R.W.L. Moberly. Old Testament Theology: Reading the Hebrew Bible as Christian Scripture. Grand Rapids: Baker Academic, 2013.
I would like to thank Baker Academic for sending me a review copy of this book. Click here to see Baker’s site about it.
Moberly’s Old Testament Theology is unlike any Old Testament theology book that I have read. Many of the Old Testament theology books that I have read focus on the theological voices of the sources and schools within the Hebrew Bible, as well as their historical contexts. These Old Testament theology books either explore the diversity of the theological voices, or they seek some common theological theme among them. They are quite comprehensive in the amount of sources and voices within the Hebrew Bible that they address.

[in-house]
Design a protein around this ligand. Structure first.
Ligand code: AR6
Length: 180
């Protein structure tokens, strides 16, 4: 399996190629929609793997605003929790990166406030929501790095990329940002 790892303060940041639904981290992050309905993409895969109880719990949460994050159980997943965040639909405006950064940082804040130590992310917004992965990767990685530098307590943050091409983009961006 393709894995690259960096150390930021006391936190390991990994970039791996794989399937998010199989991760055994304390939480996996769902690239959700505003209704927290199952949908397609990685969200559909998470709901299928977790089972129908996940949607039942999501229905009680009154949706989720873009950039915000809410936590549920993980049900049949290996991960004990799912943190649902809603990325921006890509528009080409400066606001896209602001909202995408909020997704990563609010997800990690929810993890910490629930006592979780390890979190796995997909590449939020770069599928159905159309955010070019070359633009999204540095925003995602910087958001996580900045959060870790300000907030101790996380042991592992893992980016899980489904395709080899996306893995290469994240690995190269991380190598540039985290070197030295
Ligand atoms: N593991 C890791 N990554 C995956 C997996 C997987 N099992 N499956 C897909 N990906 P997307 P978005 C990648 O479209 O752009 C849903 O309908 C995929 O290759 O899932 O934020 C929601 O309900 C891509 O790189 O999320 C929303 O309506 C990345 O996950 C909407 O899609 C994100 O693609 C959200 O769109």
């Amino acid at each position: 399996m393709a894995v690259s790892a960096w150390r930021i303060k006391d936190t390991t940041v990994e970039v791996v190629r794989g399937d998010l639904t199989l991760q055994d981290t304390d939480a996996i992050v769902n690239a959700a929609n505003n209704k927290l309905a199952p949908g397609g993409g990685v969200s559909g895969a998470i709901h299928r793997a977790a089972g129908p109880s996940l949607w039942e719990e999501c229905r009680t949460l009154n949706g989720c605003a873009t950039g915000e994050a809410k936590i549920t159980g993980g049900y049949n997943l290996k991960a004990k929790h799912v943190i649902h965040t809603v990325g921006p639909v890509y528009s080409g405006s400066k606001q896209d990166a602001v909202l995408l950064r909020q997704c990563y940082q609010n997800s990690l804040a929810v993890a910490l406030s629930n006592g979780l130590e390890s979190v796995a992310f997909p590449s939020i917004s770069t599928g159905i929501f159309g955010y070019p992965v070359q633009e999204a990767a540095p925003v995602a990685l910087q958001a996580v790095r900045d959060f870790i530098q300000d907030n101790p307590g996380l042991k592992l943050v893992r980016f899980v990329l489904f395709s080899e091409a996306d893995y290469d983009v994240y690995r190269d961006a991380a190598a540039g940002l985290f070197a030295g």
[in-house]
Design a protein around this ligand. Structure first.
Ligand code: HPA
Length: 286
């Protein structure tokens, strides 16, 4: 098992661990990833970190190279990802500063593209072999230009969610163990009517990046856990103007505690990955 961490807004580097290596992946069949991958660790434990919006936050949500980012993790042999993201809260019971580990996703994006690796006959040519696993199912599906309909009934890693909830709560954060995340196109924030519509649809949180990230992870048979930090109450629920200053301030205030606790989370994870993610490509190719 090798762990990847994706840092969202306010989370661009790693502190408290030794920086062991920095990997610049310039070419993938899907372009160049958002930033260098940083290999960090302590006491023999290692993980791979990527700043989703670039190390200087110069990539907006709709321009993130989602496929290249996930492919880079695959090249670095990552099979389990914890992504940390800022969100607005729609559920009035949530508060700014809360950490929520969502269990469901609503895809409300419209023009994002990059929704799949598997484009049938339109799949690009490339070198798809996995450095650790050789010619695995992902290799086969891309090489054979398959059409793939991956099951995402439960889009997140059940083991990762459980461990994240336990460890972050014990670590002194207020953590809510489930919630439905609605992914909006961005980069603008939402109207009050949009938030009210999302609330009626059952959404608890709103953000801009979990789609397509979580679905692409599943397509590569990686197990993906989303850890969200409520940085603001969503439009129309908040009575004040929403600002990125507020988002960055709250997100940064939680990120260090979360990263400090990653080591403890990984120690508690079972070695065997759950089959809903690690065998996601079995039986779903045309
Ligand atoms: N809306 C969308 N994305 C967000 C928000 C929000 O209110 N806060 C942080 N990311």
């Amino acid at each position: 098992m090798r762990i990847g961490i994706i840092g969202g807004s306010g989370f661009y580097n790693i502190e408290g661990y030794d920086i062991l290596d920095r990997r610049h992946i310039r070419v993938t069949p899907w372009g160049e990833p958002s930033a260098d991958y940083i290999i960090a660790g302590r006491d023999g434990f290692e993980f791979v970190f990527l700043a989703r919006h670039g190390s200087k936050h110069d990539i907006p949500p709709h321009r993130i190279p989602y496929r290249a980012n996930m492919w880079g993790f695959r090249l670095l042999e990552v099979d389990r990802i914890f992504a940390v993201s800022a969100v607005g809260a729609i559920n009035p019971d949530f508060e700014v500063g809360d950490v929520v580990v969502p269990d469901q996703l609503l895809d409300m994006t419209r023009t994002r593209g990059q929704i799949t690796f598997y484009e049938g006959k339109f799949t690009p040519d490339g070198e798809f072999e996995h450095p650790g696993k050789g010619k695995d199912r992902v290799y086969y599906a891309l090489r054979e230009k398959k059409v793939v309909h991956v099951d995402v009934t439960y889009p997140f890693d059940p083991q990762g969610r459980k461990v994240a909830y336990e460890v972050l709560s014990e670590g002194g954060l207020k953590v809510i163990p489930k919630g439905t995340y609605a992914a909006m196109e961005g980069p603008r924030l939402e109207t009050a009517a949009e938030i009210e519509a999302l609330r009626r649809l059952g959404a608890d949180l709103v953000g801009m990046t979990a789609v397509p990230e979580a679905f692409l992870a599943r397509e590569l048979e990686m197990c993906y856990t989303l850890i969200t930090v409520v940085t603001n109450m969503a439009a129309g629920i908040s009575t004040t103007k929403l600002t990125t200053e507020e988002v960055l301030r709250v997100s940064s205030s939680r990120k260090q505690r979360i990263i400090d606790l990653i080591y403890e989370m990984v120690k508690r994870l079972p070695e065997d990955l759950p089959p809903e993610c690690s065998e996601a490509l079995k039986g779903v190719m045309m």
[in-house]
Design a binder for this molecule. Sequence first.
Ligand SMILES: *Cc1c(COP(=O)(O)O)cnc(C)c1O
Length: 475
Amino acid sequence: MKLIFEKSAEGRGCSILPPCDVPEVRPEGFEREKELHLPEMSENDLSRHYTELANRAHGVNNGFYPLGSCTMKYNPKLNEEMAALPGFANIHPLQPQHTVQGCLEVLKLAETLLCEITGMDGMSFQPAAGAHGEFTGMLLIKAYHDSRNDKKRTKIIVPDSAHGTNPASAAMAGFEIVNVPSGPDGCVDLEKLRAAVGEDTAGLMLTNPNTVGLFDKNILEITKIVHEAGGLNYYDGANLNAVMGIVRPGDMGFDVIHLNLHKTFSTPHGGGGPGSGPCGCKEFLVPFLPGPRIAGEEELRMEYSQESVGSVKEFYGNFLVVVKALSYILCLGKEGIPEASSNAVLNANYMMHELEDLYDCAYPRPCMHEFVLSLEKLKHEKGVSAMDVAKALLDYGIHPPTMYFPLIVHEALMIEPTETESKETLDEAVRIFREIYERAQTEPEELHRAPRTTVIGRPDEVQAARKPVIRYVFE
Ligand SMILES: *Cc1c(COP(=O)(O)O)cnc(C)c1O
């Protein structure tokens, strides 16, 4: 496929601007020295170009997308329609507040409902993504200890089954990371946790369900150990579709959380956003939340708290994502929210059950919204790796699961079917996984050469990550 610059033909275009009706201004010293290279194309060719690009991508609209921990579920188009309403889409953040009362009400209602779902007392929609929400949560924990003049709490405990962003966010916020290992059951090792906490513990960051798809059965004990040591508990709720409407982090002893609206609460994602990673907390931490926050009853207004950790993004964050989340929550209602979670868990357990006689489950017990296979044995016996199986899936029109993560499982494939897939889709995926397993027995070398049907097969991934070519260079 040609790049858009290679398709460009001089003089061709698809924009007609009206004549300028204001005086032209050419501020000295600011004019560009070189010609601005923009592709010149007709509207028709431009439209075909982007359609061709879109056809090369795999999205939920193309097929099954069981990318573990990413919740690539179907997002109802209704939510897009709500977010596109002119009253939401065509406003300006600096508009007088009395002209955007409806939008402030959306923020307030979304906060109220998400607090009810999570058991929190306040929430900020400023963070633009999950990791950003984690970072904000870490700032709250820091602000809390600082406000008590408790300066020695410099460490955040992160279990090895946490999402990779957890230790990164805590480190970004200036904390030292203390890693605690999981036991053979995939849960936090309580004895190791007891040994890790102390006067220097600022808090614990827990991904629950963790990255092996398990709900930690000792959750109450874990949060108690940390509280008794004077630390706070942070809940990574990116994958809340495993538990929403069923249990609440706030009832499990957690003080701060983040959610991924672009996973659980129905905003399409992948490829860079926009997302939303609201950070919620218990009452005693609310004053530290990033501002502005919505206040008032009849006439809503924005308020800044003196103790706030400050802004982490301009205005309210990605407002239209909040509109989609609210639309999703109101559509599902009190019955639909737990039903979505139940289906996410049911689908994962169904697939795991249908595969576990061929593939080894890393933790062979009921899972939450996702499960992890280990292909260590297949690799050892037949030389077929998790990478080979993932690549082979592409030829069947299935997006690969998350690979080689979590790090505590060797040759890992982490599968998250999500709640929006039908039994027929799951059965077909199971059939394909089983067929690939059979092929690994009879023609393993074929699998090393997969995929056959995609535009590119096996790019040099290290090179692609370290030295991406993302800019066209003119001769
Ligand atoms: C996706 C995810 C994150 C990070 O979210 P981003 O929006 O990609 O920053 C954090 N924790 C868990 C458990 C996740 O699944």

Moberly, by contrast, organizes his book topically by theological issue, closely reads specific biblical passages, and often explores how the passages (or their themes) have been interpreted elsewhere in the Bible and within Judaism and Christianity. Moberly admits that his Old Testament theology usually does not attempt to get behind the text and situate it within a specific historical context. He states more than once within his book that such an enterprise can be rather speculative, for we do not always know the precise historical context or date for a specific passage. Moberly does not completely disregard historical context, but his overall approach strikes me as synchronic and canonical. It is synchronic in that Moberly often tries to make sense of the final form of the text rather than merely dividing the text up into sources: Even if a later hand added a particular passage, what theological point does the final text appear to make? Moberly’s approach is also canonical in that it explores in many cases how a text or a text’s theme was interpreted elsewhere within the Bible, and how religious communities of interpretation have addressed it.